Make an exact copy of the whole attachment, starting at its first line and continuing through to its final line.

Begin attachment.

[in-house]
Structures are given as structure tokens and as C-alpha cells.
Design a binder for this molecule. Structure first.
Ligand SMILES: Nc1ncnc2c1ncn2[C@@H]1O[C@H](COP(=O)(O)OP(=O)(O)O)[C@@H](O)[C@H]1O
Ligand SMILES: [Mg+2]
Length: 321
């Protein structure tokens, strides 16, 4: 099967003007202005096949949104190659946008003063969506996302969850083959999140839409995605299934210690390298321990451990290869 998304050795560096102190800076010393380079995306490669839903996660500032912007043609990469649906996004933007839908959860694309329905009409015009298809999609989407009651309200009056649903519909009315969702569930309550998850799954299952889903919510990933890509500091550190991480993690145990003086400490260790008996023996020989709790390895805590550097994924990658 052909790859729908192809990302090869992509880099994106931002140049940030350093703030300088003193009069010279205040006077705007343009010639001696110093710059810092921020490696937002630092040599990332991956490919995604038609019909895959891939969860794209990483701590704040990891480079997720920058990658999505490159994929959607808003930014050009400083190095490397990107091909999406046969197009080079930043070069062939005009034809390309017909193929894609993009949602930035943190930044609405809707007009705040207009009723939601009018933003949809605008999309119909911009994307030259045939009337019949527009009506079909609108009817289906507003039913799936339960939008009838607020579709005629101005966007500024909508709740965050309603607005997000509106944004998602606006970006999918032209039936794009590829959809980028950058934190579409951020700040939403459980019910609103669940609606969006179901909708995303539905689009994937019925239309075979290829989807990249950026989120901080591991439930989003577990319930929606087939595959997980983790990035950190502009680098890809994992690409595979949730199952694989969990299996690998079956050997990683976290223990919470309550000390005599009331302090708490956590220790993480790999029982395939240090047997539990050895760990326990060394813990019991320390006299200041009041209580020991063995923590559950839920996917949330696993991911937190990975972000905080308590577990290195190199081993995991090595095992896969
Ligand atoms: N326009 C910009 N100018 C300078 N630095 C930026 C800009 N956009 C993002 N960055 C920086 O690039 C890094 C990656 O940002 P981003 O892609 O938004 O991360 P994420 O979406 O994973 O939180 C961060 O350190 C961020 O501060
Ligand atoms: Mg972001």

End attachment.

[in-house]
Structures are given as structure tokens and as C-alpha cells.
Design a binder for this molecule. Structure first.
Ligand SMILES: Nc1ncnc2c1ncn2[C@@H]1O[C@H](COP(=O)(O)OP(=O)(O)O)[C@@H](O)[C@H]1O
Ligand SMILES: [Mg+2]
Length: 321
């Protein structure tokens, strides 16, 4: 099967003007202005096949949104190659946008003063969506996302969850083959999140839409995605299934210690390298321990451990290869 998304050795560096102190800076010393380079995306490669839903996660500032912007043609990469649906996004933007839908959860694309329905009409015009298809999609989407009651309200009056649903519909009315969702569930309550998850799954299952889903919510990933890509500091550190991480993690145990003086400490260790008996023996020989709790390895805590550097994924990658 052909790859729908192809990302090869992509880099994106931002140049940030350093703030300088003193009069010279205040006077705007343009010639001696110093710059810092921020490696937002630092040599990332991956490919995604038609019909895959891939969860794209990483701590704040990891480079997720920058990658999505490159994929959607808003930014050009400083190095490397990107091909999406046969197009080079930043070069062939005009034809390309017909193929894609993009949602930035943190930044609405809707007009705040207009009723939601009018933003949809605008999309119909911009994307030259045939009337019949527009009506079909609108009817289906507003039913799936339960939008009838607020579709005629101005966007500024909508709740965050309603607005997000509106944004998602606006970006999918032209039936794009590829959809980028950058934190579409951020700040939403459980019910609103669940609606969006179901909708995303539905689009994937019925239309075979290829989807990249950026989120901080591991439930989003577990319930929606087939595959997980983790990035950190502009680098890809994992690409595979949730199952694989969990299996690998079956050997990683976290223990919470309550000390005599009331302090708490956590220790993480790999029982395939240090047997539990050895760990326990060394813990019991320390006299200041009041209580020991063995923590559950839920996917949330696993991911937190990975972000905080308590577990290195190199081993995991090595095992896969
Ligand atoms: N326009 C910009 N100018 C300078 N630095 C930026 C800009 N956009 C993002 N960055 C920086 O690039 C890094 C990656 O940002 P981003 O892609 O938004 O991360 P994420 O979406 O994973 O939180 C961060 O350190 C961020 O501060
Ligand atoms: Mg972001």